Near-Eastern Musicology Online (NEMO), cilt.5, sa.9, ss.73-111, 2020 (Diğer Kurumların Hakemli Dergileri)
This study is the continuation of an older musicological work I had co-authored with Bozkurt et al. [2009, JNMR:38/1 pp.45-70], where I now analyze the match between several more alternative theoretical models and the histogram peaks of collated pitch measurements from audio recordings in 9 makam categories by prominent Turkish musicians. Previously, these histogram peaks were pitted against 53-tone Equal Temperament (53-tET), Yekta-Arel-Ezgi-Uzdilek (the 24-tone Pythagorean tuning in force), Yarman-24a (its notable substitute), Karadeniz-41 (a subset of 106-tET) and Yavuzoğlu-48 (in 48-tET). This time, new results indicate an outstanding marksmanship in the contrivance of 79 MOS 159-tET (my 79-tone Qanun tuning) above all others. A “Just Noticeable Difference” (JND) of solely 7-8 cents (¢) unweighted maximum divergence from the histogram peaks – in comparison to the as much as “half a comma” corresponding divergences of the contending 60-tET, 65-tET and 72-tET from the same peaks – enables 79 MOS 159-tET to outclass its competition. When size is an issue however, the “bulk vs. peak-matching performance” of the mentioned three immediate rivals to the 79-tone Qanun tuning are over the top and analogous to each other. All the same, the minimalist Yarman-24 a-b-c-d variants (as direct replacements for Arel-Ezgi-Uzdilek) do, despite being about thrice as sparse, deviate from the measured peak values by only “one comma” at most while performing reasonably. The key question therefore is: “Why triple the number of conventional tones just to gain half a comma finer granularity for makams that would still remain coarse?”. Likewise, one may ask: “Why double the number of tones whilst technically not managing to overcome the need for commatic alterations?” The findings are discussed in terms of which fixed-pitch approach is more optimal for traditional and modern practice in Turkish Classical/Art/Folk music.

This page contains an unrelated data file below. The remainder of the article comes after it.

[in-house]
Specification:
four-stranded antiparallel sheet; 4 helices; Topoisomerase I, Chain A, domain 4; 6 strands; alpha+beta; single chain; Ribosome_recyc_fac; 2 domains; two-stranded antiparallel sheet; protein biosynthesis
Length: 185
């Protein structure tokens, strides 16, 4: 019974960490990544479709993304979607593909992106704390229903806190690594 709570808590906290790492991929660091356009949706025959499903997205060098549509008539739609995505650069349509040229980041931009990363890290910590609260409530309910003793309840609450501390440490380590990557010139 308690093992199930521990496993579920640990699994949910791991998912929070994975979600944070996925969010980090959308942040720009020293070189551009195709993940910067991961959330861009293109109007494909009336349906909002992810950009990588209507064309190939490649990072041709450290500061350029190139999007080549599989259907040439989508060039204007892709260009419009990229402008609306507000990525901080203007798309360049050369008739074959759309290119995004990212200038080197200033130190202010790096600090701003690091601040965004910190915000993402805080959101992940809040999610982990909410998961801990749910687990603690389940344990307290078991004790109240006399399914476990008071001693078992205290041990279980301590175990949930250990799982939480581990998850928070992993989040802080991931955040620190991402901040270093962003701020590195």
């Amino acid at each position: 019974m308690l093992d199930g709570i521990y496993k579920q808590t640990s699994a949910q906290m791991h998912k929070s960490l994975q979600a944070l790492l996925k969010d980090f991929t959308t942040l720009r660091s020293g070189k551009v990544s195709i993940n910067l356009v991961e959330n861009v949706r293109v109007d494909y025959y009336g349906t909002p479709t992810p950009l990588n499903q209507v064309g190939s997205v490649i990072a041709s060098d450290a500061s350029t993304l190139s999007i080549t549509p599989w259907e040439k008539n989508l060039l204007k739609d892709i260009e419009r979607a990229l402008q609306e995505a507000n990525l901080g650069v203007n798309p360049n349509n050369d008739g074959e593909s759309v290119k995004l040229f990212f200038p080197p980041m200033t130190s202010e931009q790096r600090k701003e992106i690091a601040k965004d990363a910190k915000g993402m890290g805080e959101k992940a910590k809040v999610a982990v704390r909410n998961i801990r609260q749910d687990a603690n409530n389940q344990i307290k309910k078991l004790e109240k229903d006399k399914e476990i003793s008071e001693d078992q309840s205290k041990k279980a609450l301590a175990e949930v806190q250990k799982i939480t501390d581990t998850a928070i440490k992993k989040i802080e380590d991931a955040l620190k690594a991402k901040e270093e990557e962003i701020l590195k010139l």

Tuning, temperament, music theory, makam, maqam, pitch measurement, histogram peak, computational musicology